Director Nicholas McCarthy has given us a horror movie with no scares and no atmosphere. There is only one scene that was visually interesting as it used shadows to make you wonder if you saw Miles in the room or not. That was the closest to a creepy scene as there was in the whole movie. There is nothing visually memorable, nor are there any clever moments that bring legitimate scares to this film. What needed to be a slow build up to show us the family as a “normal” family that descends into this nightmare is instead rushed into the ” creepy, killer kid” so fast that you never get a sense that there was ever a good Miles, which only serves to hurt the emotional impact of these parents struggling to save their son. I never liked Miles at all and only saw the parents as bigger morons than Kevin Mcallister’s parents. These are the most important things for us, the audience, to connect with in this movie so that the end feels earned and we can understand the motivations of the parents, instead, we don’t care and openly want a child to die. Way to go, Mr. McCarthy, you made me want a kid to die, something I haven’t felt since I watched Shark-boy and Lava Girl!
Let’s turn to the plot of this cinematic calamity. Writer Jeff Buhler owes the makers of the original Child’s Play movie some money because the basic plot of this movie is damn near the same thing. If you do see this movie, within the first fifteen minutes you will know exactly what I am talking about. A serial killer is reincarnated into the body of a small toy, errrr, boy, and terrorizes babysitters, authority figures and a blonde mom. All we need is Brad Dourif spouting cheesy one-liners and you’ve got another Chucky movie. There is nothing original or unique to set it apart from the rest of these types of movies.
Are you ready for the laughably stupid things we get from this movie? (Mostly spoiler free, of course) How about a kid that viciously attacks a fellow student at their school for geniuses, only to be sent to public school like nothing ever happened? Thanks, Miles’ parents for dropping your psychopath kid into the public school system, I am sure nothing bad will come of that. After your kid uses one of your tools to kill, let him have full access to everything in the house so he can cause more damage. Miles has a hidden collection of newspaper clippings and a book, which begs the question of how did an eight-year-old child buy the book, find the old newspapers to get the clippings from or leave the house to get these things? ( I laughed out loud in the theater when these things were discovered in his room) The fact that in this movie an eight-year-old child overpowers adults is another laugh out loud moment. A character that I felt so bad for because they have the worst luck in the history of the universe. ( I don’t want to spoil it so I won’t elaborate, but you’ll know what I am talking about when this character appears at the end) I could go on, but you get the point that this is an incredibly stupid movie!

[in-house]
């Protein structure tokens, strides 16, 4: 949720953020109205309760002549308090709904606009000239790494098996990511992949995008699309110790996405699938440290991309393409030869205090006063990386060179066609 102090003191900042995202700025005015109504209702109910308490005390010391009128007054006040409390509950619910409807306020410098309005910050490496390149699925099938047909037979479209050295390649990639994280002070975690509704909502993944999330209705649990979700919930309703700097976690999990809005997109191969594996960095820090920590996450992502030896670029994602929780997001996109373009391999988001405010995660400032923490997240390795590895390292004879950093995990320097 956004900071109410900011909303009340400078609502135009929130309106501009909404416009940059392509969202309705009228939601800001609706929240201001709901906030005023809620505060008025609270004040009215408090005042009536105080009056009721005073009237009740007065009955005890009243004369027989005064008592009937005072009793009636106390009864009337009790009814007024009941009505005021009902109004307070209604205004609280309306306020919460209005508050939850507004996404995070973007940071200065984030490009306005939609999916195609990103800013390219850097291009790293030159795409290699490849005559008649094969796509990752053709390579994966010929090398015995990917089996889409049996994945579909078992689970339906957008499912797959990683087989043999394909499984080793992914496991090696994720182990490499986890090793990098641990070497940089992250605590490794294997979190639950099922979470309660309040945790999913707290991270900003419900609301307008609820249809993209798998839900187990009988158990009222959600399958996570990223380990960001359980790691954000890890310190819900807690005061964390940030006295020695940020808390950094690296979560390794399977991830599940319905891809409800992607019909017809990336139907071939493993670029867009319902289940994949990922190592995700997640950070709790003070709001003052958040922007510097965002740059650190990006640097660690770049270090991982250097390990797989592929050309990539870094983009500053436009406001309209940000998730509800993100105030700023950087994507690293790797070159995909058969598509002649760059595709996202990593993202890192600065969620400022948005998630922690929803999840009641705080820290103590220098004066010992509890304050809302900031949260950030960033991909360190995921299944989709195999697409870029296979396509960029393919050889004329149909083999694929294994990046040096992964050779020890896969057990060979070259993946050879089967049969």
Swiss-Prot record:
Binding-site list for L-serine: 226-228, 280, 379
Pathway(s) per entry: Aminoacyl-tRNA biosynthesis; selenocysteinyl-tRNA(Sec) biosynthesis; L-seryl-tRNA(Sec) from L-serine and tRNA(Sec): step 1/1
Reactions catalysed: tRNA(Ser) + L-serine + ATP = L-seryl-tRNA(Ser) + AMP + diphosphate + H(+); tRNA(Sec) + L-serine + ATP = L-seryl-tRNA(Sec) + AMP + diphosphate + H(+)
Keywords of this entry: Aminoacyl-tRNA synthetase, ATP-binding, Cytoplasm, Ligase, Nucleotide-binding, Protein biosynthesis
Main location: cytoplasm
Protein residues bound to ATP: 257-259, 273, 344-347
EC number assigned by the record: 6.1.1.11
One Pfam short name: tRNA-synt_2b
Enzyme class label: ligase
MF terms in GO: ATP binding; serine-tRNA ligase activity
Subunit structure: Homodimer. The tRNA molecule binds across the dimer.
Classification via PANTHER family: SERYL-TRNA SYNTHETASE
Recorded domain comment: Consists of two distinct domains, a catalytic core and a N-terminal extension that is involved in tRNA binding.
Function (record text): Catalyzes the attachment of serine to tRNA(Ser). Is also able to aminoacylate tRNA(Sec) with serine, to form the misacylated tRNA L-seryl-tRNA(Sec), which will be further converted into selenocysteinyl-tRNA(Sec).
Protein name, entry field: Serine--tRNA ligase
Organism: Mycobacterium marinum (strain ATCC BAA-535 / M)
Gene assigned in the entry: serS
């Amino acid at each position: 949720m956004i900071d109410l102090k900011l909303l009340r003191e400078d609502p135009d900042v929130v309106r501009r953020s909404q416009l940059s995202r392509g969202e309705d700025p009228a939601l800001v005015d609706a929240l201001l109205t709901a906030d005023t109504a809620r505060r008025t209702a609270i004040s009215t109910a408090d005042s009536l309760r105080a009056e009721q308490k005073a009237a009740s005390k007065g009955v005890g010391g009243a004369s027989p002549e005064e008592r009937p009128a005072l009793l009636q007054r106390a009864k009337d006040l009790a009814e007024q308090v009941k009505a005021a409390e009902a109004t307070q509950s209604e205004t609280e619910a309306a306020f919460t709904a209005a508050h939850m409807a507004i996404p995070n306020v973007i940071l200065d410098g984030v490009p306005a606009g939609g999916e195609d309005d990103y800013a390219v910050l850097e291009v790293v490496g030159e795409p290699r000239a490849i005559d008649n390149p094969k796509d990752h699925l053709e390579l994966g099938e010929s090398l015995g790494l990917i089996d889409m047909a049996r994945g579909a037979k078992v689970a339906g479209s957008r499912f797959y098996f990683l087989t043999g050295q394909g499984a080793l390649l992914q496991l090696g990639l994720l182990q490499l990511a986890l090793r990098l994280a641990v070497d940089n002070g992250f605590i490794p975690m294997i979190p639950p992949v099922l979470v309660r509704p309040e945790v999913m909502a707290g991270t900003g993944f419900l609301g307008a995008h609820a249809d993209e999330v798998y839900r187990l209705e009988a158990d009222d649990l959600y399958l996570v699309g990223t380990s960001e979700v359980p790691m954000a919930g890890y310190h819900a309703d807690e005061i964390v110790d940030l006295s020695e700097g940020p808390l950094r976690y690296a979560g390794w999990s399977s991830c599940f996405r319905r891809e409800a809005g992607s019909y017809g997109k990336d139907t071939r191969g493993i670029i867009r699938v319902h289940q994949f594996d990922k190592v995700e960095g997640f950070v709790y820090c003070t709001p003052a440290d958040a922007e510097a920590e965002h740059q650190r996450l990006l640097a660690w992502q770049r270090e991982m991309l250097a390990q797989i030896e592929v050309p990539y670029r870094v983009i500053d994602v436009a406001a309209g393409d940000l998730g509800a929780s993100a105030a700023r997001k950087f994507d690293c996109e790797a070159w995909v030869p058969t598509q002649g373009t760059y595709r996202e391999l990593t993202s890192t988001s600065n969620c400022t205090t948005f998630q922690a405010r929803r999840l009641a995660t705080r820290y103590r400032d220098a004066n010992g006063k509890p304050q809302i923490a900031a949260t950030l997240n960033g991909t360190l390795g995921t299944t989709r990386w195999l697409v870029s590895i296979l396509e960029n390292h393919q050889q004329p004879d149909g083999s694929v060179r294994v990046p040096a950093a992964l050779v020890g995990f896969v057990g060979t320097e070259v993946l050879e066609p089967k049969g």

It is time to put this evil baby to bed and wrap up this dirty diaper of a review. To put it bluntly, avoid The Prodigy at all costs! If someone has placed a suitcase full of hundred dollar bills in the theater this movie is playing in, then you have my permission to see this movie. Outside of that, you have no excuse. You’ve been warned…
I hope you enjoyed this review and if you did please comment, like and share with others so we can keep them from seeing this movie!!!
As always, thanks for your time!
The Movie Psycho